The uncomfortable alliance between football and concussions has once again taken over the headlines thanks to a new Frontline documentary on PBS.

In League of Denial: The NFL’s Concussion Crisis, the documentary and book detail the NFL’s response to concussion concerns over the years.

In Texas, football remains king among sports and parents should be concerned about their own child if they play a sport that still depends on tackles and violent collisions. As a parent, here are some things you should know about concussions:

  1. Don’t depend on after-market helmet attachments, such as bumpers, pads and sensors. You may have read that covers and strips reduce the risk of concussion, but no well-controlled studies show that helmets or third-party attachments prevent or reduce the severity of concussions.
  2. Helmets don’t prevent concussions. Helmets are important in reducing injuries such as skull fractures, but the 2013 American Orthopaedic Society for Sports Medicine found no difference in concussion rates between newer and older helmets.
  3. Getting your bell rung is serious. The Centers for Disease Control and Prevention describes a concussion as “an injury that changes how the cells in the brain normally work. A concussion is caused by a blow to the head or body that causes the brain to move rapidly in the skull. Even a ‘ding,’ ‘getting your bell rung,’ or what seems to be a mild bump or blow to the head can be serious.”
  4. When in doubt, sit them out. Parents should follow a simple rule if they think their child has suffered a concussion: “when in doubt, sit them out.” Under no circumstances should pediatric or adolescent athletes with a concussion return to play the same day of their concussion. No athlete should return to play while still symptomatic at rest or with exertion.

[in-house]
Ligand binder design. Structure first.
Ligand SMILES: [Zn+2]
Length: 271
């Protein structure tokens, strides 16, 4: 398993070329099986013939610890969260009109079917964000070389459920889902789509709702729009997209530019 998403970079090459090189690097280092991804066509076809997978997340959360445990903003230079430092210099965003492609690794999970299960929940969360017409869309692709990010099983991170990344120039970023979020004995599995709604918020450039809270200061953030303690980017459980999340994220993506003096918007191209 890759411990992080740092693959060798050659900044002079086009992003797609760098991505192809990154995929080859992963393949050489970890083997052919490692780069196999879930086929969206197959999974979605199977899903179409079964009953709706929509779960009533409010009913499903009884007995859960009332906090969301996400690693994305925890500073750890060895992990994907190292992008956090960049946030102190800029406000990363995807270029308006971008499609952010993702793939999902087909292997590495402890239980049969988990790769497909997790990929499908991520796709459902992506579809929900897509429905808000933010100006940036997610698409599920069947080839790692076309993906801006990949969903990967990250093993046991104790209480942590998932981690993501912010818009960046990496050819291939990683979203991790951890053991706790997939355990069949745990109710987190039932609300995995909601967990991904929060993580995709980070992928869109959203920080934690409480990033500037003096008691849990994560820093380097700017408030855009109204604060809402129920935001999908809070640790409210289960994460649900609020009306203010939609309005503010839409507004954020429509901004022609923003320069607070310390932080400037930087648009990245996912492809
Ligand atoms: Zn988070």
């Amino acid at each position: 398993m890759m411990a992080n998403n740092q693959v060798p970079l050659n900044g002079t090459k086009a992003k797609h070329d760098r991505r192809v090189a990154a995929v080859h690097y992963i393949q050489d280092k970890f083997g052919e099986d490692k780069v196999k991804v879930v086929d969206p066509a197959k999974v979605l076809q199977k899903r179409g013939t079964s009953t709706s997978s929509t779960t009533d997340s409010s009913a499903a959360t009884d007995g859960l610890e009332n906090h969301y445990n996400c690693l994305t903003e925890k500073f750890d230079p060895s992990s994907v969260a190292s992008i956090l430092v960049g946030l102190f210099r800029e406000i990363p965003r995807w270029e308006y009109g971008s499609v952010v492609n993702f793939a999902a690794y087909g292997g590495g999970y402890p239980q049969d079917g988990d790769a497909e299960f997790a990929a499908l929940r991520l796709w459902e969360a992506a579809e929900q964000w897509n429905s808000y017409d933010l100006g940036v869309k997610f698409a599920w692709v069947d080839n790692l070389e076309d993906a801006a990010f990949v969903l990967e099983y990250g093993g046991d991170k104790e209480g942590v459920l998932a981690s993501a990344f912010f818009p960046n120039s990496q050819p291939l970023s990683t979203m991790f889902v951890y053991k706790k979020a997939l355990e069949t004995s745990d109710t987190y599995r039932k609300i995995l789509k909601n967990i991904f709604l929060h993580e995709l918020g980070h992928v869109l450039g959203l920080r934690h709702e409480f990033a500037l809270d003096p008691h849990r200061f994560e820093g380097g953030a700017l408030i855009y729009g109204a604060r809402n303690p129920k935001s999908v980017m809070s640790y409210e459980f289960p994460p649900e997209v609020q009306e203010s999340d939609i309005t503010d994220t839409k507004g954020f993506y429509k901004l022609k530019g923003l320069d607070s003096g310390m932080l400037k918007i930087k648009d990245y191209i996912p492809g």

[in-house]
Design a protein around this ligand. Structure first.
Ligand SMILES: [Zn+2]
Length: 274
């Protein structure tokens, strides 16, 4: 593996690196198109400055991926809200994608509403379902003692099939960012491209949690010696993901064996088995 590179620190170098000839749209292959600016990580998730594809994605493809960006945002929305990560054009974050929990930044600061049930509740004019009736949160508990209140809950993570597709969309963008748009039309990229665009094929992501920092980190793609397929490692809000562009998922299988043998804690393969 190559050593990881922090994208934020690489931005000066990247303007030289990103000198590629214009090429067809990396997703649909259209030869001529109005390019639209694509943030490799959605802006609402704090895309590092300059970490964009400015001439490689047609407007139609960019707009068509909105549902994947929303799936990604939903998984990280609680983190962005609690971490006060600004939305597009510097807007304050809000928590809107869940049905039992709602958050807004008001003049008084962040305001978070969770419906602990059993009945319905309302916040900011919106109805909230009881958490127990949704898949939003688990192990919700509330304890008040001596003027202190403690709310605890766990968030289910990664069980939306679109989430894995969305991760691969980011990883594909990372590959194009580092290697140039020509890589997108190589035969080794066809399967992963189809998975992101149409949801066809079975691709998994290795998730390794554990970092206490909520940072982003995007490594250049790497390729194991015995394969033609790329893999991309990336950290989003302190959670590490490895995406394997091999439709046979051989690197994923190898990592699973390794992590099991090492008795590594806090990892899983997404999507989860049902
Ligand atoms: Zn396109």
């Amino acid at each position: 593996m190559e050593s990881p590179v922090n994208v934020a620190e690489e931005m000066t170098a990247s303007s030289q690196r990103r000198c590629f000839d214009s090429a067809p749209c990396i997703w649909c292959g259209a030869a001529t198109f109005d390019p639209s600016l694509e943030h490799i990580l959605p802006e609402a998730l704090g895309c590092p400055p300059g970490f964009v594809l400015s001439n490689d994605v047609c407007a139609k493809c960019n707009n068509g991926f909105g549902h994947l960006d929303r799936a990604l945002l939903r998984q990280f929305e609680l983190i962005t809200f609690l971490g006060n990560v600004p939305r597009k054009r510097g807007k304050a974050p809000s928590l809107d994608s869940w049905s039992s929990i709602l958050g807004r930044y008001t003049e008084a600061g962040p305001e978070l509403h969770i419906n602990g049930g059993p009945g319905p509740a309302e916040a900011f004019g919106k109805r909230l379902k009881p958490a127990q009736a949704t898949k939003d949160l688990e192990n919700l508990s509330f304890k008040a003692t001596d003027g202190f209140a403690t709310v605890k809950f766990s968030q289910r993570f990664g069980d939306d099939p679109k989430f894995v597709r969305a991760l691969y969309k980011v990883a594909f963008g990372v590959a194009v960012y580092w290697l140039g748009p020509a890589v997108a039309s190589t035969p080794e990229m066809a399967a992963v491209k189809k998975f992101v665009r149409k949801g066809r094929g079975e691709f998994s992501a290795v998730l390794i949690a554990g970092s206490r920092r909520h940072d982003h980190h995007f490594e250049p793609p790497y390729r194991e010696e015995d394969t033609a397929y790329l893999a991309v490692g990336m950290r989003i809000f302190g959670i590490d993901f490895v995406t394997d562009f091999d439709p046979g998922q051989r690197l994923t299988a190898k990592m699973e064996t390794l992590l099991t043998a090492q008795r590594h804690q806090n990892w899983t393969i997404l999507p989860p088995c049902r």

5. You can’t see a concussion. The CDC offers the following guidelines for coaches, but it’s important for parents to know as well: “Remember, you can’t see a concussion and some athletes may not experience and/or report symptoms until hours or days after the injury. If you have any suspicion that your athlete has a concussion, you should keep the athlete out of the game.”
  6. Kids can get concussions too. A lot of the focus has been placed on players ranging from the professional ranks to the high school level, but you have to be careful with young children too. Kids who are participating in recreational, select, pee wee and other sorts of formal and informal teams also get concussions. We’ve seen young athletes as young as 7 and 8 years old with concussions.

Football will continue to be played in Texas and around the nation, but it is up to us to be responsible for those young players and allow them to play in as healthy an environment as possible, including watching out for concussions.

Resource: AAP News

Howard Kelfer, M.D., is a neurologist at Cook Children’s.

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